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Does anyone know how to "evacuate" a/c?


Pete112's Avatar
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04-15-05, 11:55 AM   #1  
Does anyone know how to "evacuate" a/c?

Hi everyone,

I just installed a new compressor, new drier, and new evaporator in my '97 Acura CL. The guy I got the compressor from said that I must "evacuate" the entire system before adding R134. I'm a pretty good Diyer and I do realize this means to essentially purge everything out of the sytem, but does anyone know the steps on how to do this? Is it possible to do this without an A/C vaccuum? Are there some tools that I can rent or buy to get the job done at home?

Any help is greatly appreciated, as I would hate to do the entire job just to take it to a mechanic to get flushed/charged.

 
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jeffk's Avatar
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04-15-05, 12:29 PM   #2  
The pro's have a selfcontained vacuumpump/charging unit where the gas sucked out is contained in a cylinder. Harbor Freight has a cheap ($15) air powered vacuum pump. Vacuuming the system (perfect or near vacuum) draws out all the moisture which can plug up the system and thats why its done.

 
Ed Imeduc's Avatar
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04-15-05, 12:58 PM   #3  
Yes for sure you want to put a vauucm pump on it. First the pump will like cook any and all the moisture out of the system that is one of the main things .Then the pump will pull any air out of the system. You cant have any of that in the system as it is contaminate or noncondensable. It pays to like break the vacuum with some 134 and pull it down again before charge. Also be sure and blow the hoses out with 134 so there is no air in them before you put them on the AC unit.

Harbor Freight has a cheap ($15) air powered vacuum pump.
This pump wont start to do what you need here for the job

ED

 
Pete112's Avatar
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04-15-05, 01:41 PM   #4  
Thanks guys for getting back so quick.. So, you mean I shouldn't bother purchasing a cheap vaccuum pump because its not going to do the job? That basically means I have no choice but to bring it in to a shop?

 
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04-15-05, 02:59 PM   #5  
Purchase a new ROBINAIRE pump on eB*y for 150 bux, mine has been goin strong for 8 yers now.

 
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04-16-05, 05:45 AM   #6  
Unless you're going to be doing ac work frequently, just take it to a good shop and have them evac and service it.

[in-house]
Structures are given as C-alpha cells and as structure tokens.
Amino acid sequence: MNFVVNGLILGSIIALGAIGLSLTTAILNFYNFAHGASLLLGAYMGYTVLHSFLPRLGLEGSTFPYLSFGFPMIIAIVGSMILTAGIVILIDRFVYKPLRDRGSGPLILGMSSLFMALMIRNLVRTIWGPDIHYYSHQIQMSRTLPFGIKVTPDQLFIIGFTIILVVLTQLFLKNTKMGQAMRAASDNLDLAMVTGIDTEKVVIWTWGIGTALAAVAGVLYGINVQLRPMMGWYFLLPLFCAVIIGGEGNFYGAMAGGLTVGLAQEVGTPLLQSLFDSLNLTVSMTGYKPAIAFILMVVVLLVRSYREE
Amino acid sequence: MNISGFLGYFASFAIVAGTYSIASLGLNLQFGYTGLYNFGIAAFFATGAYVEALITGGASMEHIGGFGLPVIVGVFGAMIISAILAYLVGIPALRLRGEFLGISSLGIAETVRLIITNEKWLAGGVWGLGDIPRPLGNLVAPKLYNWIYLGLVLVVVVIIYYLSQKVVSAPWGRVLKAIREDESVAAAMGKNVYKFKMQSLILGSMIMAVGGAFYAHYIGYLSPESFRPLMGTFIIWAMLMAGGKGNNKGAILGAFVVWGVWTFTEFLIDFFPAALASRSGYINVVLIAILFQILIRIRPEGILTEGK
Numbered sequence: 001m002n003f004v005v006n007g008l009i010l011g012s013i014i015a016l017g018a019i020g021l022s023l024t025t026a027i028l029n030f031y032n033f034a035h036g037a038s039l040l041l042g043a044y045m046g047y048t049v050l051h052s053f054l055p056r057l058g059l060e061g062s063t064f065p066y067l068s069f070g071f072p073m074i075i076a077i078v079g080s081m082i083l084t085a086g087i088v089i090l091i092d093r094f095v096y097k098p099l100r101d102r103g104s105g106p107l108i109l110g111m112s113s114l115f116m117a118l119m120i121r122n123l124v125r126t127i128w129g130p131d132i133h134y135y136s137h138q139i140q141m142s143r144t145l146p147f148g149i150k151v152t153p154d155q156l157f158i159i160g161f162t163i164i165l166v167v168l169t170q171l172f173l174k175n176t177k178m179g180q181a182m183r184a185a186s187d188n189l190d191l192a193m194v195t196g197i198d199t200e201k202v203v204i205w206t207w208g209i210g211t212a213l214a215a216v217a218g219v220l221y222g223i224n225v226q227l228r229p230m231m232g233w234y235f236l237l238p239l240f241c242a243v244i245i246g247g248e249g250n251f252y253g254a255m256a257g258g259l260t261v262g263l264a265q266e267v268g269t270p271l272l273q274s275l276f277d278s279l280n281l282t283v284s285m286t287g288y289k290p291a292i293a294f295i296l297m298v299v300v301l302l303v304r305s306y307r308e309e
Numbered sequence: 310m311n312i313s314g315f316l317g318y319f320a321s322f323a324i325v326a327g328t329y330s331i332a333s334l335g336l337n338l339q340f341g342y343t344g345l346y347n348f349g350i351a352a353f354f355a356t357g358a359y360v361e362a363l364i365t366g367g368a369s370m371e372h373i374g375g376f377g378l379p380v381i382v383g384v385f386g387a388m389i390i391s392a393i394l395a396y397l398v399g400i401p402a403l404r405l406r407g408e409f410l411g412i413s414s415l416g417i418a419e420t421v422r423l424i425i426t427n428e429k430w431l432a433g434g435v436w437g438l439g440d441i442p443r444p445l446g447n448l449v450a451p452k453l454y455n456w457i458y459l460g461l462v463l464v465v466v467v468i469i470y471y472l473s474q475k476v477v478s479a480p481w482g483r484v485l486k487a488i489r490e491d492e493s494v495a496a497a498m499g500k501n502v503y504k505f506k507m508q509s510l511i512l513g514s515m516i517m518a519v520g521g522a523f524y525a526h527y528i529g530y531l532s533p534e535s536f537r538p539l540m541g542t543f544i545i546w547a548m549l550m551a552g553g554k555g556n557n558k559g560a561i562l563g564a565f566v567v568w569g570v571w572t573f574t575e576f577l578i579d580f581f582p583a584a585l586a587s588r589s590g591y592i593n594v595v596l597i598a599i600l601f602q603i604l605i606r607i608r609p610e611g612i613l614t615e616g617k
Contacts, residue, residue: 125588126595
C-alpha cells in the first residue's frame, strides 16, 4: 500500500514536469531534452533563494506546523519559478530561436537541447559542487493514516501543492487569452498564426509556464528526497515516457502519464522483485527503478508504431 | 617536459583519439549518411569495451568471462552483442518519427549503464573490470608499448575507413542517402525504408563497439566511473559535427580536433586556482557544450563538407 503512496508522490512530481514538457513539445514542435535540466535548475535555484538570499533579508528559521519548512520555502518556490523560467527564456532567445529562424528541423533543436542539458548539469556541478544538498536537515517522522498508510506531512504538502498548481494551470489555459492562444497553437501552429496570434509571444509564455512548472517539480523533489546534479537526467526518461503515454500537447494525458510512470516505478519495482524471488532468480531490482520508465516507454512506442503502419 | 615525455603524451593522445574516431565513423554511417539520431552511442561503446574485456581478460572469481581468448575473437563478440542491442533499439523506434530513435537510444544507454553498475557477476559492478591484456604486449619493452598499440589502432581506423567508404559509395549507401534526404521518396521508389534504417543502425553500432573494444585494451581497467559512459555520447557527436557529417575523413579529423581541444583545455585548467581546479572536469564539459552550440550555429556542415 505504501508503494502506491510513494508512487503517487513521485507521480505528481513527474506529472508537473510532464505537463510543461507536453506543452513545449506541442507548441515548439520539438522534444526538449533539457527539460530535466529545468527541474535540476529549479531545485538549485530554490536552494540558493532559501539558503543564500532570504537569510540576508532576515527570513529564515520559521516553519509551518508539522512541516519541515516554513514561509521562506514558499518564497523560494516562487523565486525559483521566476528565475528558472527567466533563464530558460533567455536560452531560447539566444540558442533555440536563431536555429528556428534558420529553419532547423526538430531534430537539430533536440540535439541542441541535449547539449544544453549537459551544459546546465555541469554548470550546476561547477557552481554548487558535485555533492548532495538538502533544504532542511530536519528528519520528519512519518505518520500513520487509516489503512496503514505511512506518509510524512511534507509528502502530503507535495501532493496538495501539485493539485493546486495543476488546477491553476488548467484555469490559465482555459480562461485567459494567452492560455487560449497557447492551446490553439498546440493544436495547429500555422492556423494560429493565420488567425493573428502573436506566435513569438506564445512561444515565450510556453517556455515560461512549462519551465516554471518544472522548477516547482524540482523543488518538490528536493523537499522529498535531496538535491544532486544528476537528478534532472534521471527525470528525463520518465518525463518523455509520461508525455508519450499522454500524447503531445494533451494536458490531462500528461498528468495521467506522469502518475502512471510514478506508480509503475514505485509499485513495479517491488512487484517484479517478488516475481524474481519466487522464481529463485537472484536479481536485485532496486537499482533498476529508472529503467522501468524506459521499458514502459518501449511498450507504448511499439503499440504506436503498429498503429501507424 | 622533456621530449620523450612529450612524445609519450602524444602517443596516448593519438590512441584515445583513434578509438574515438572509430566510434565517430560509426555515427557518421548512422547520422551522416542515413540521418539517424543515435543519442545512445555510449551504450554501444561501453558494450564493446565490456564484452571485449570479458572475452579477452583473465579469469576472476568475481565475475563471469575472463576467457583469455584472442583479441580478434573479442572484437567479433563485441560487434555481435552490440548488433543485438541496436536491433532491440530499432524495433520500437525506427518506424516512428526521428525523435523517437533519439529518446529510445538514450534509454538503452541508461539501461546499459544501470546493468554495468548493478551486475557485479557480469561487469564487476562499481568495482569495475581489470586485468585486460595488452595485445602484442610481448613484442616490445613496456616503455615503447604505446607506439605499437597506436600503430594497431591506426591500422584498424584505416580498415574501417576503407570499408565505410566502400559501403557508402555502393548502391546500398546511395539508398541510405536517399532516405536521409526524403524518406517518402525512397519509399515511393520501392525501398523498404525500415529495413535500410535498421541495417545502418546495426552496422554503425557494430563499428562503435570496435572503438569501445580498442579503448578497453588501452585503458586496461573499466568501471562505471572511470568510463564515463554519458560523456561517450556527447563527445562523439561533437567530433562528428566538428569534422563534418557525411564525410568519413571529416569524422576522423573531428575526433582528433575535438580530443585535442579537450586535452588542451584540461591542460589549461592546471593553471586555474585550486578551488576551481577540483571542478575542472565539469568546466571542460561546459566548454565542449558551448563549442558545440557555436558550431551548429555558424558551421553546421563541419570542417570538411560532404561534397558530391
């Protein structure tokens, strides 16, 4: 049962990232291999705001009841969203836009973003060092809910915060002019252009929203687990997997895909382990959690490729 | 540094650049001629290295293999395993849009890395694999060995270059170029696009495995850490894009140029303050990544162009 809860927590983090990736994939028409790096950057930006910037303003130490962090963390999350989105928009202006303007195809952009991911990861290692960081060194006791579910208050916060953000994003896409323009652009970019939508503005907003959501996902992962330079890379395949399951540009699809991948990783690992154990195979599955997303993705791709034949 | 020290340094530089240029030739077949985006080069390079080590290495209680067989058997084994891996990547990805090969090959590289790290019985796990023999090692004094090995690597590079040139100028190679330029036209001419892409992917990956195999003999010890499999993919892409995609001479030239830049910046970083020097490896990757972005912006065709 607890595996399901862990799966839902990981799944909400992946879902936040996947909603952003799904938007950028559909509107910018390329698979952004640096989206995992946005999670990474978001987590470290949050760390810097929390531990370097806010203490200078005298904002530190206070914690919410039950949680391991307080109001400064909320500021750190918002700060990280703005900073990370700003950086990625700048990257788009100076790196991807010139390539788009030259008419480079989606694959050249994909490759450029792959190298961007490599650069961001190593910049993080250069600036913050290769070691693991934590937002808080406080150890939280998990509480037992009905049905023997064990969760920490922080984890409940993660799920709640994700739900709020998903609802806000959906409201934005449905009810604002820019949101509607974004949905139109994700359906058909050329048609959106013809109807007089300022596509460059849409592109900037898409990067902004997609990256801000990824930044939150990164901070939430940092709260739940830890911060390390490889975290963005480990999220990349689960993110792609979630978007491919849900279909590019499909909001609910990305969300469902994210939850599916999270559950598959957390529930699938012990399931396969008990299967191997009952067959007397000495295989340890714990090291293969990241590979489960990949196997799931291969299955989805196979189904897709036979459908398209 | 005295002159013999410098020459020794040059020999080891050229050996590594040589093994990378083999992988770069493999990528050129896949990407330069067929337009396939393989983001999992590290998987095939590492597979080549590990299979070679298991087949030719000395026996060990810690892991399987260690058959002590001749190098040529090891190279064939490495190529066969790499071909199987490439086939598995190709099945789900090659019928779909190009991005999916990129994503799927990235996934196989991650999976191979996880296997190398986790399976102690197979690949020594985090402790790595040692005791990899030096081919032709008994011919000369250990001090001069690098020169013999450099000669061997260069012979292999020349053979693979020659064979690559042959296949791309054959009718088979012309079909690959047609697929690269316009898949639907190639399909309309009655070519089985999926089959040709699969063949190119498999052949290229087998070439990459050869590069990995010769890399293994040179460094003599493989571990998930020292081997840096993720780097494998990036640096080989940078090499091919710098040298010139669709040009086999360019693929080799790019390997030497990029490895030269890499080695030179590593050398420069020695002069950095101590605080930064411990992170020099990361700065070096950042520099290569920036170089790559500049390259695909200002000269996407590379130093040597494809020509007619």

Side note [and DON'T TRY THIS AT HOME]. When I was young and poor the compressor crapped in our '76 Corolla. This was back in the R-12 days when you could buy cans of R-12 and a can tapper hose. I got a used compressor and a new drier and installed them. Then to evac the system I rigged up a section of hose to a screw-on tire valve adapter and sucked the sytem down using......engine vacuum. Yep, hooked up to a vacuum source on the engine and fired it up. Let it run for 5 minutes or so and then unscrewed the adapter and put the freon in. Don't laugh; it worked surprising well and the system cooled just fine. Again, DON'T DO THIS.


Measure it with a micrometer; cut it with an ax.

 
Kestas's Avatar
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04-16-05, 07:02 AM   #7  
Another trick for DIYers is to salvage a compressor from an old refrigerator or dehumidifier and use that as a vacuum pump.

 
Ed Imeduc's Avatar
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04-16-05, 08:14 AM   #8  
Dont think any of the above can get the vacuum down to 15 to 25 microns so you have all the moisture out.

ED


Last edited by Ed Imeduc; 04-16-05 at 10:09 AM.
 
Pete112's Avatar
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04-18-05, 12:47 PM   #9  
Once again, thanks everyone! I found someone in my area that was recommended from another shop. He said he'll do the whole evacuate/recharge for $75. I hate paying shops but I already saved money on installing the evaporator and compressor myself. Guess you should bite the bullet sometimes. Seems like if I try myself it might end up breaking again in the near future.

 
Kestas's Avatar
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04-18-05, 12:51 PM   #10  
UV dye

Have him put some UV dye in the system before evacuating...... just in case. It's good form for a mechanic to put UV dye in the system during any repair.

 
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